Much has been written about how big retailers use RFID tags to keep track of product inventory,but now an agricultural research lab in Australia is using the wireless sensors to keep track of experimental plants. The goal: to quickly and efficiently develop new varieties of food crops, such as wheat and barley, that can withstand disease and drought, and thrive even in poor soil conditions.
Using IBM computers designed to conserve energy, the University of Adelaide, in Australia, has just completed construction on The Plant Accelerator, the largest test facility of its kind in the world. Using an elaborate system of conveyor belts, digital imaging gear, and robotic equipment, technicians can continuously monitor the vitality of up to 2,400 radio-tagged plants, each in its own pot. By linking 3-D images and data to records of each plant’s genetic makeup, researchers can accelerate the process of designing hardier plants–cutting the time it takes to develop a new variety by perhaps 70%.
The new system will provide critical insights for breeding the kinds of crops that could help overcome food shortages in the face of global warming. The new plant varieties could be particularly useful for developing nations in Africa and Asia where over-planting and other poor farming techniques have depleted the soil. They could allow farmers there to increase yields, so these countries could be better able to feed their people.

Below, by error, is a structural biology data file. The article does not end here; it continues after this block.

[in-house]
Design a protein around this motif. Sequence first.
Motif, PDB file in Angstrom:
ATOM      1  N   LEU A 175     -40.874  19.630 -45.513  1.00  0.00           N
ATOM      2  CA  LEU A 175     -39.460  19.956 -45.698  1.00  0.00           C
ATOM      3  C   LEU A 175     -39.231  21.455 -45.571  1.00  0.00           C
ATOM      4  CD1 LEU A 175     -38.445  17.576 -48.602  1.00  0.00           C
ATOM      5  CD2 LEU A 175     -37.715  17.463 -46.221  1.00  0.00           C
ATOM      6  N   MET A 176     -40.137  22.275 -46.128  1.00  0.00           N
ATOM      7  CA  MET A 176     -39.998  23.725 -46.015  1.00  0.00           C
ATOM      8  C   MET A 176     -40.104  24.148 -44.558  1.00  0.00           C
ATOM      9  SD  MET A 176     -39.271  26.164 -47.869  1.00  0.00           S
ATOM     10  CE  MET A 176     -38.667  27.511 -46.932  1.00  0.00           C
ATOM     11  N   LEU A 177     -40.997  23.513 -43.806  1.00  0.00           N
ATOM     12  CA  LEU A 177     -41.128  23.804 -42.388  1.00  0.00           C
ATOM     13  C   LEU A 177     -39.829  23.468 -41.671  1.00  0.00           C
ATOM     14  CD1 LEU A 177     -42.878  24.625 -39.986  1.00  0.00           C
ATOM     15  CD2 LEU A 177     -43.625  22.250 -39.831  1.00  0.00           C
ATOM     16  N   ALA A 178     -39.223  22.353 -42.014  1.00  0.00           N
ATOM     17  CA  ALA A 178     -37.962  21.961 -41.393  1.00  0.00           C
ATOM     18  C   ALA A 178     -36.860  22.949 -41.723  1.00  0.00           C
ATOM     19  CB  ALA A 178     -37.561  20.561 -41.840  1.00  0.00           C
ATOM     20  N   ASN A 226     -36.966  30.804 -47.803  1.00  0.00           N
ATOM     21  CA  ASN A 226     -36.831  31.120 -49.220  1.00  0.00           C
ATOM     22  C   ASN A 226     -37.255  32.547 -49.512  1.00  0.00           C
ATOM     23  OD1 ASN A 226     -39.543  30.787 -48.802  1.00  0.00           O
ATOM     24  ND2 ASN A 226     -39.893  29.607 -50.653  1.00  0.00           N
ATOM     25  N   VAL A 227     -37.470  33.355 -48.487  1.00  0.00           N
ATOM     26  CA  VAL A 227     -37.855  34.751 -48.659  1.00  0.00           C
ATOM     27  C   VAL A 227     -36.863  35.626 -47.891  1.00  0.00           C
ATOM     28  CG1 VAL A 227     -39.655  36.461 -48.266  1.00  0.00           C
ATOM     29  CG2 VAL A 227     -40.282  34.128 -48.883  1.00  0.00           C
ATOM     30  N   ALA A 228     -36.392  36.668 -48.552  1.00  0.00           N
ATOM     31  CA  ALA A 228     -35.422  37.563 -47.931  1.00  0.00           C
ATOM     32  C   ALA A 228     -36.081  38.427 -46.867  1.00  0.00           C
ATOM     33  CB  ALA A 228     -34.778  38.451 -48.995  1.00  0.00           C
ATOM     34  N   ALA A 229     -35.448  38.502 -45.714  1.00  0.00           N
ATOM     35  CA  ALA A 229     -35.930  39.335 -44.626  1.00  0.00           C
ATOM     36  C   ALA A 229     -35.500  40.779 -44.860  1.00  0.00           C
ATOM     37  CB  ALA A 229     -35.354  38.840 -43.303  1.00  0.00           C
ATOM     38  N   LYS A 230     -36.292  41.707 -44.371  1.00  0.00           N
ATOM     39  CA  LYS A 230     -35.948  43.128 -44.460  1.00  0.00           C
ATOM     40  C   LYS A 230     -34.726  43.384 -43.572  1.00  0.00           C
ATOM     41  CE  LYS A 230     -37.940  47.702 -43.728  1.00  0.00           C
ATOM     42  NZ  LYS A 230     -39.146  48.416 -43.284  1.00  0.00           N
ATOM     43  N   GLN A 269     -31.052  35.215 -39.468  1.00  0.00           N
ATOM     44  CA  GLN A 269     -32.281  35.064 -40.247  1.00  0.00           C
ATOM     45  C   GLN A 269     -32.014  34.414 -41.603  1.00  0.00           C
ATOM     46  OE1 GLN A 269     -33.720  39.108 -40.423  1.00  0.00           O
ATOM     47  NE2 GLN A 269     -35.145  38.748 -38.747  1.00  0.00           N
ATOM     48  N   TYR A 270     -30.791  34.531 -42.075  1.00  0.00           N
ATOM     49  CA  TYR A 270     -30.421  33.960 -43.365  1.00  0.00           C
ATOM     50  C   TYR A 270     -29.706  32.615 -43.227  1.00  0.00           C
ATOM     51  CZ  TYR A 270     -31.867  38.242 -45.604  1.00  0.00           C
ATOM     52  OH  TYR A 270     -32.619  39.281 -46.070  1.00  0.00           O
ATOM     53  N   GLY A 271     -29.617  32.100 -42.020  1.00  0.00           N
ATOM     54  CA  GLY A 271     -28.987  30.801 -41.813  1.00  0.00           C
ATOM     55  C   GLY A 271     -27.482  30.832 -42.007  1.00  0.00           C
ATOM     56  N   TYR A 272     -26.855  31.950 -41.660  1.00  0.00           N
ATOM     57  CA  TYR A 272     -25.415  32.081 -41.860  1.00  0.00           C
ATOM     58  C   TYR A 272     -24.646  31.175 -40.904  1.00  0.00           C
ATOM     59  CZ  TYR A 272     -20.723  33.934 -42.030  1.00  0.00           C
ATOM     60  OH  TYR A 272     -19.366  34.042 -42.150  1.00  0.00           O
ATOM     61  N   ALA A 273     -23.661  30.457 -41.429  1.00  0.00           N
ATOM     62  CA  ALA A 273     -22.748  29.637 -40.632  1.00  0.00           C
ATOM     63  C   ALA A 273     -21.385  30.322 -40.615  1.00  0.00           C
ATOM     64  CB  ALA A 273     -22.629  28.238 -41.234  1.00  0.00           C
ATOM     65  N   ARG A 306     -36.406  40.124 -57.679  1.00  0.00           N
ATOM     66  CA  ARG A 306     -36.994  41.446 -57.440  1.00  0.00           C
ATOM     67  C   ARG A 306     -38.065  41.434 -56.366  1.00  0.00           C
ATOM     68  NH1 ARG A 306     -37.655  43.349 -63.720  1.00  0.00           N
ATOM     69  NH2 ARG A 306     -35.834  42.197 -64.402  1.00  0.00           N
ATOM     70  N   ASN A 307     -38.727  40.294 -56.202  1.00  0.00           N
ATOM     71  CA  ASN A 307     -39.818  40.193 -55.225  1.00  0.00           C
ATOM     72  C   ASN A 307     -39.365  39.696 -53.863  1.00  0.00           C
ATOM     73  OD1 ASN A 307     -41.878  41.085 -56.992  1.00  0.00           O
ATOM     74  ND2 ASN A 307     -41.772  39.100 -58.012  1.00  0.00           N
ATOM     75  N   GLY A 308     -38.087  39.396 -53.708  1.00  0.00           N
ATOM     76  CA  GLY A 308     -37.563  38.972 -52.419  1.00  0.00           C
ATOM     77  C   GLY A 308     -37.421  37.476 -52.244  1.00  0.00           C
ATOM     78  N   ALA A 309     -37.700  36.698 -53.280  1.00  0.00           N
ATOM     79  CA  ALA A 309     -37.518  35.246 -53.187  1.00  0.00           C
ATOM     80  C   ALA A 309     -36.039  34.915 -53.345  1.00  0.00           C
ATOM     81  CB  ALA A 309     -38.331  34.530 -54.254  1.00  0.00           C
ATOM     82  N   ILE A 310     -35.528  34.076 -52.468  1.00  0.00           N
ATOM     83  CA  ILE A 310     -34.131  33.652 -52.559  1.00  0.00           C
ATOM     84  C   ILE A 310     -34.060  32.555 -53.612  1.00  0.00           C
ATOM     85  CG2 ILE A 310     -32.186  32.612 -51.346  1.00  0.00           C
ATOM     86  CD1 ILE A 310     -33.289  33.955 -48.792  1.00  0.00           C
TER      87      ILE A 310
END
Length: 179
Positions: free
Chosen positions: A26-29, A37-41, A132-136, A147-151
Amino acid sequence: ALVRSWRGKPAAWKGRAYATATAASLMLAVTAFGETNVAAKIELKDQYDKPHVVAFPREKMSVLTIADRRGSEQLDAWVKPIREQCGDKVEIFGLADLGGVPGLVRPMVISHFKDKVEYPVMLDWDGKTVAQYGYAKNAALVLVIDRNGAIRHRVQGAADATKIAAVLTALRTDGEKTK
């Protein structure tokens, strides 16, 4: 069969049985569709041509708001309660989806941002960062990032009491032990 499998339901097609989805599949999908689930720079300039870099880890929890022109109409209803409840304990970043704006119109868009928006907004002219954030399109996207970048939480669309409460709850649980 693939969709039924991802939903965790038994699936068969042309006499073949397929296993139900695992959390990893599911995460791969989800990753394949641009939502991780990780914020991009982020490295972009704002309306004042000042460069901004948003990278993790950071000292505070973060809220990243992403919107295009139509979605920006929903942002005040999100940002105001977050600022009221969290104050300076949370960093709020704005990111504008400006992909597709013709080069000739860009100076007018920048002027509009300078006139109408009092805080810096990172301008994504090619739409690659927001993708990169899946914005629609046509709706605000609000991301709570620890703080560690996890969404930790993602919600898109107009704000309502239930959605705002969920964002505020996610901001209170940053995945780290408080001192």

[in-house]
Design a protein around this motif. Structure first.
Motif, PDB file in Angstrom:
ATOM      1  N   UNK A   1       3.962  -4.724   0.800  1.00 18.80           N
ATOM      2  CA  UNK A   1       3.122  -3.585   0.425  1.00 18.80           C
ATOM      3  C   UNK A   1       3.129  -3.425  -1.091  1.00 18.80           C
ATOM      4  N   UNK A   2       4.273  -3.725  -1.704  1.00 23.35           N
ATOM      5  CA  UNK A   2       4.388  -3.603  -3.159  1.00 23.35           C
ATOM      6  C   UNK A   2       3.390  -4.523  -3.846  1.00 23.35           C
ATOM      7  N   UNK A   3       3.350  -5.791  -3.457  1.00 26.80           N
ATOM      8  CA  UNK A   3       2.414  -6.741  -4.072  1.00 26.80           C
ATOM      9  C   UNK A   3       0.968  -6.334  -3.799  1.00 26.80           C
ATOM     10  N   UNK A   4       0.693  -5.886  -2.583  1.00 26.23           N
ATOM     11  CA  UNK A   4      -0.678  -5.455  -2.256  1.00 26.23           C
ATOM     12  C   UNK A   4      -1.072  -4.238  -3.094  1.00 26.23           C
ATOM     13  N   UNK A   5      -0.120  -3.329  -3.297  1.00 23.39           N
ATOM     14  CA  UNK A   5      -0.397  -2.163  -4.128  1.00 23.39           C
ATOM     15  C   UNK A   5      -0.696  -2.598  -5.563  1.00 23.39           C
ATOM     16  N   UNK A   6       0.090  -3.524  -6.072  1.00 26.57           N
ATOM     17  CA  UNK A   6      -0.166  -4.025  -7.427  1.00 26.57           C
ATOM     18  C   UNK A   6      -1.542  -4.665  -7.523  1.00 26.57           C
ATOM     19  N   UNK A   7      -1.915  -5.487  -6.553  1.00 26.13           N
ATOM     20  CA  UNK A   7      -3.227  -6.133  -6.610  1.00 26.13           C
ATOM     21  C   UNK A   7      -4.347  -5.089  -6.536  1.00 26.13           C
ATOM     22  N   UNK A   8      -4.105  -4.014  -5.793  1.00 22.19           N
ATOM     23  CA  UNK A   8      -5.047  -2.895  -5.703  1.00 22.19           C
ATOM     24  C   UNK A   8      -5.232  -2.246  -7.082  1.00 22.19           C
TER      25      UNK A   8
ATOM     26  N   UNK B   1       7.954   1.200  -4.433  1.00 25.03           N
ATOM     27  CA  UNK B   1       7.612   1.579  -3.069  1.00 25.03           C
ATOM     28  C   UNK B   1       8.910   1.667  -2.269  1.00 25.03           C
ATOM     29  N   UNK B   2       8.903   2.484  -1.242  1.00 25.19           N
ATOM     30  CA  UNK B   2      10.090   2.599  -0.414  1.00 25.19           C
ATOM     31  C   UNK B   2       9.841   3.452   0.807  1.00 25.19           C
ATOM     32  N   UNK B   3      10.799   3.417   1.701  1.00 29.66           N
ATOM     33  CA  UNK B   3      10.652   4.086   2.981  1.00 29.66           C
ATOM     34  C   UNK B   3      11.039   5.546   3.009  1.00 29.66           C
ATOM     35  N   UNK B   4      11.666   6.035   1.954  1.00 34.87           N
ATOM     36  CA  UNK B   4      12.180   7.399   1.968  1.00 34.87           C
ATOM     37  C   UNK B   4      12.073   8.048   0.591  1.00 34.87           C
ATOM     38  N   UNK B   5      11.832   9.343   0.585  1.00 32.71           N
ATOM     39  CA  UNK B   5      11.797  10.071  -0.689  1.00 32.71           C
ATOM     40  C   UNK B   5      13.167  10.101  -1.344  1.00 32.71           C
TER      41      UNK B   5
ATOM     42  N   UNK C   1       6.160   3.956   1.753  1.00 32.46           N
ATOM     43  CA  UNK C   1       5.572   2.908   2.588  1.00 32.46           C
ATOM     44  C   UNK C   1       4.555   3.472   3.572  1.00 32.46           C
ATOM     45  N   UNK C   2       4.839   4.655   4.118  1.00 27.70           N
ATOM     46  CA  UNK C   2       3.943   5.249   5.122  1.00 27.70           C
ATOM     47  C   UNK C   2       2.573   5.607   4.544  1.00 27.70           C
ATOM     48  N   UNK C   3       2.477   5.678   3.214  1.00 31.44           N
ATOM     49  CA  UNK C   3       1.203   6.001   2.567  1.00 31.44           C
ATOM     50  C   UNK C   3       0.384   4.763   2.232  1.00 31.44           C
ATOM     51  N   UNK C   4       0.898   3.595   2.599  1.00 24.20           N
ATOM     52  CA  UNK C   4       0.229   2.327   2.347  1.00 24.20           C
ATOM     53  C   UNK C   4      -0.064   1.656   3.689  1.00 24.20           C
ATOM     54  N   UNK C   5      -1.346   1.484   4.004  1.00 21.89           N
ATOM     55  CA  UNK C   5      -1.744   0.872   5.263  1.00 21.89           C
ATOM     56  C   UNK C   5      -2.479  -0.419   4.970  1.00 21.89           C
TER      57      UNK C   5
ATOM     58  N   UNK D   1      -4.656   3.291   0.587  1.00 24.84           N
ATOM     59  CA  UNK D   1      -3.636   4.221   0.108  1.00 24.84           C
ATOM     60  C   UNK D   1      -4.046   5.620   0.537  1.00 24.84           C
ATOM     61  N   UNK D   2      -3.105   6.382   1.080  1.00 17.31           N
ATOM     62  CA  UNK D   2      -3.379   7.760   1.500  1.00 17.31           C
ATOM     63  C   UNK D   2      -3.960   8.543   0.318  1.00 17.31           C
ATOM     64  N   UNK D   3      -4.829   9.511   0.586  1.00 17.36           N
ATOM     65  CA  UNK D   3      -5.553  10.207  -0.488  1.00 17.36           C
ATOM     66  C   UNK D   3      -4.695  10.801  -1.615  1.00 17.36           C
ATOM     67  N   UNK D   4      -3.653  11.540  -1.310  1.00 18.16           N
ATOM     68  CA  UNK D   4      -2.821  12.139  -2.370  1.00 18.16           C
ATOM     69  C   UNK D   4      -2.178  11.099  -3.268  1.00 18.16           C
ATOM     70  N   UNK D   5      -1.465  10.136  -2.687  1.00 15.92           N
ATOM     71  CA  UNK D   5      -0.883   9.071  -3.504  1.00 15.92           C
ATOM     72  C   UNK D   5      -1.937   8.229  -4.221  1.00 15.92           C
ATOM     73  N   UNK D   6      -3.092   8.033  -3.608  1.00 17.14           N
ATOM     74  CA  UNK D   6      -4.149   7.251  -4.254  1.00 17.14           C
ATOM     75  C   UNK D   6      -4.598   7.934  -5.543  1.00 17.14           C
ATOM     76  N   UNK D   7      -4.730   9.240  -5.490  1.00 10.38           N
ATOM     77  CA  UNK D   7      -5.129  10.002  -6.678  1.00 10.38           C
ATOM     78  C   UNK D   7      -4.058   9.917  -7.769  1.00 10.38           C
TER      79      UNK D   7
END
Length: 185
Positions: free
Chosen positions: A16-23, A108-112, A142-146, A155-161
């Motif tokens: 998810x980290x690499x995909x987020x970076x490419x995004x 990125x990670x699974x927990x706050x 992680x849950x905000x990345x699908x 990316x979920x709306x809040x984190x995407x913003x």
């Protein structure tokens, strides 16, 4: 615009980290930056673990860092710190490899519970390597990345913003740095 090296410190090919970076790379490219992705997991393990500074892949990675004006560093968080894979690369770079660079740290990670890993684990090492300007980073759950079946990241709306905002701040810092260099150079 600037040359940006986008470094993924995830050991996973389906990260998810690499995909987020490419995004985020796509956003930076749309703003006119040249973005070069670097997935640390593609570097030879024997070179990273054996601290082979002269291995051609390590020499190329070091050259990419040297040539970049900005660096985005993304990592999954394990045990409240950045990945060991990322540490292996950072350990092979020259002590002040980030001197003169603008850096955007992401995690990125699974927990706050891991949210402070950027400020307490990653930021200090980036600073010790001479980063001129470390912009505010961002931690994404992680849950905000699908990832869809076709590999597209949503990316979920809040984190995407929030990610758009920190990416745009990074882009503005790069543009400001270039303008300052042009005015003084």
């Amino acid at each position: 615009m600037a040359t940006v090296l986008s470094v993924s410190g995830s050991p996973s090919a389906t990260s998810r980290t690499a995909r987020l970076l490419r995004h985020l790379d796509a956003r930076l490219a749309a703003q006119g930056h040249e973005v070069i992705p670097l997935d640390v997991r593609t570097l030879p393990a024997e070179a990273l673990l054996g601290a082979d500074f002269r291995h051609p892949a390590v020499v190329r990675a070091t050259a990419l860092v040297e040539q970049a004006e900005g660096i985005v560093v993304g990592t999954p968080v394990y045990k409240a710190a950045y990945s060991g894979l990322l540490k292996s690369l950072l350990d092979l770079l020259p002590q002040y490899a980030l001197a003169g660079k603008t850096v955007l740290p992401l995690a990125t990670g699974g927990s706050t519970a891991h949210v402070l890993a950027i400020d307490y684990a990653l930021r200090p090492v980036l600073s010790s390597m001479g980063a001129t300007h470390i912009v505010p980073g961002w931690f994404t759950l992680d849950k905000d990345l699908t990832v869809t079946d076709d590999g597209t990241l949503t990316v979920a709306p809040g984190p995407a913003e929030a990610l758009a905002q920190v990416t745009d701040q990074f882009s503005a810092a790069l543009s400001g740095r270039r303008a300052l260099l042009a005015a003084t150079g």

The facility’s tech staff designed the system with the help of Datacom Systems, an IBM partner based in New Zealand, and uses a software package from LemnaTec, a German company, to control the imaging and analysis system.
Eventually, Accelerator technicians will be equipped with handheld PDAs connected wirelessly to the computer database, allowing them to fetch vital information from facility’s IBM blade servers, which use a fraction of the power of more conventional computers, while they’re examining individual plants. They also plan to add CAT scanners so they get 3-D images of the plants’ roots in addition to stems and leaves.